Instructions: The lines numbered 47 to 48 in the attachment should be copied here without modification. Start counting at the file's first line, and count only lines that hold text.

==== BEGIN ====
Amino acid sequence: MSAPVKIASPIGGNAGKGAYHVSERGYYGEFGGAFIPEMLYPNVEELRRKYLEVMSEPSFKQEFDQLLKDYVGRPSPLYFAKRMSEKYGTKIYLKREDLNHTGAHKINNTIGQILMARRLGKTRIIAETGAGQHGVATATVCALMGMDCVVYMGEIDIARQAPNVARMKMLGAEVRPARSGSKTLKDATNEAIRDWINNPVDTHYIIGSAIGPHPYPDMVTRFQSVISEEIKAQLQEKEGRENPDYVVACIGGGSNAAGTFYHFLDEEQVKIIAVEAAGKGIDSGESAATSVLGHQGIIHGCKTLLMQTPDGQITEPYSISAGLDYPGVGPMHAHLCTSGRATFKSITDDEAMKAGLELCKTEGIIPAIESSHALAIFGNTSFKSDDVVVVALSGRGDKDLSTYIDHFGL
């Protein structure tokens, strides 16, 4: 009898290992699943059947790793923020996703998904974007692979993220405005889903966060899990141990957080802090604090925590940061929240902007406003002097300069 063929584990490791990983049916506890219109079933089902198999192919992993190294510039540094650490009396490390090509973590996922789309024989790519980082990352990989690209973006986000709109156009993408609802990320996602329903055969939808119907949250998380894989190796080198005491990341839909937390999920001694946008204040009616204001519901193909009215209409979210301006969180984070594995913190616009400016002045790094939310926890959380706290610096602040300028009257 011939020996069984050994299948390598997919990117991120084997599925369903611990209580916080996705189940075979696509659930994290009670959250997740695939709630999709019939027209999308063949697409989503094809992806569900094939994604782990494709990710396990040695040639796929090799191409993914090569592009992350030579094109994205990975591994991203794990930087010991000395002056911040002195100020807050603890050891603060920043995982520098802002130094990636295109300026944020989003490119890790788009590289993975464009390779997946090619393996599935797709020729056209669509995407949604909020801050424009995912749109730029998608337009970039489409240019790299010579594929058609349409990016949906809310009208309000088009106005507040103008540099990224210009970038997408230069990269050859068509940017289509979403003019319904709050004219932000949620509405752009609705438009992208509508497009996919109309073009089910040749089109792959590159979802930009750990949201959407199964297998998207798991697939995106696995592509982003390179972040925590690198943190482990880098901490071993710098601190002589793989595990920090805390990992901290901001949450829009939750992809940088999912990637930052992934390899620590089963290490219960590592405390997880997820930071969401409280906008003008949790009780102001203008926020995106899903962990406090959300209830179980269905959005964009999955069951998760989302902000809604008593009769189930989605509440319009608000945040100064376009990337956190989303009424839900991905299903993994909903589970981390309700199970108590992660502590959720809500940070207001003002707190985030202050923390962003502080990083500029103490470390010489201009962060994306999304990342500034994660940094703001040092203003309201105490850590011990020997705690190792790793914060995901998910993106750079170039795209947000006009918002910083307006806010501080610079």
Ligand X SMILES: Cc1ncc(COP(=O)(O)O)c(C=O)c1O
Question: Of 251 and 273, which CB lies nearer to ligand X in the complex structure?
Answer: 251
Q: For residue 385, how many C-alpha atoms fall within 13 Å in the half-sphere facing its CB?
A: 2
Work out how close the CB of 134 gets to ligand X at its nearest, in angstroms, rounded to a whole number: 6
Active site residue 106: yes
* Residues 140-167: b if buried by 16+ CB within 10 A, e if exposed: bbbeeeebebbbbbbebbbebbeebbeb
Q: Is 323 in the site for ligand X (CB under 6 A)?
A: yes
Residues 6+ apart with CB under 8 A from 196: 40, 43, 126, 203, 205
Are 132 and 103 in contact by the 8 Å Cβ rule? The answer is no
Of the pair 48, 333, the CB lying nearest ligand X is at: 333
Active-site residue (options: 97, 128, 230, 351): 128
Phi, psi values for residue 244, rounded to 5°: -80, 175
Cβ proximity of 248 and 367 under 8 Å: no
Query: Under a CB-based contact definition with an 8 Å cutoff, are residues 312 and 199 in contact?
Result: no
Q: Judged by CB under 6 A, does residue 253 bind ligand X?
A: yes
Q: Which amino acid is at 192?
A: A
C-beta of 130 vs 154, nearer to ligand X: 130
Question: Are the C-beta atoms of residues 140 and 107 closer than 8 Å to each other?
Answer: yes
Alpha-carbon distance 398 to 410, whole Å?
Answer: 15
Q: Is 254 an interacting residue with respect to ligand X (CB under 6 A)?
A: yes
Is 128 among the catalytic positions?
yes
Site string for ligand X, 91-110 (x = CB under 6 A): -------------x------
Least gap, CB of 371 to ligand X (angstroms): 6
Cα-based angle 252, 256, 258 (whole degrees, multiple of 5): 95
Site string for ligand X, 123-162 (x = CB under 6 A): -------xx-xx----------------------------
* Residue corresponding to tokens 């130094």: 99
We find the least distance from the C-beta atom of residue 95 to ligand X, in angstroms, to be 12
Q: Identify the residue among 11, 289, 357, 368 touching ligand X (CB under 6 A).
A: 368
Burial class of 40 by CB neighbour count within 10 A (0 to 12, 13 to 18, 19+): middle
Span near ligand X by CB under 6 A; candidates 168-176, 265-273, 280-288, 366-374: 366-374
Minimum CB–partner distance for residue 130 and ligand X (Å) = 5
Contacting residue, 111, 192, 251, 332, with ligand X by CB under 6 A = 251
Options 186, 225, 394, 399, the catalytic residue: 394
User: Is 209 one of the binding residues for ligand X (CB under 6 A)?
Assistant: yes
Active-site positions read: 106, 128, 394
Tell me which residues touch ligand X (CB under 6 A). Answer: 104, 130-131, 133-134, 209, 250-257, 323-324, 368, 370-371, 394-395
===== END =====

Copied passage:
User: Is 209 one of the binding residues for ligand X (CB under 6 A)?
Assistant: yes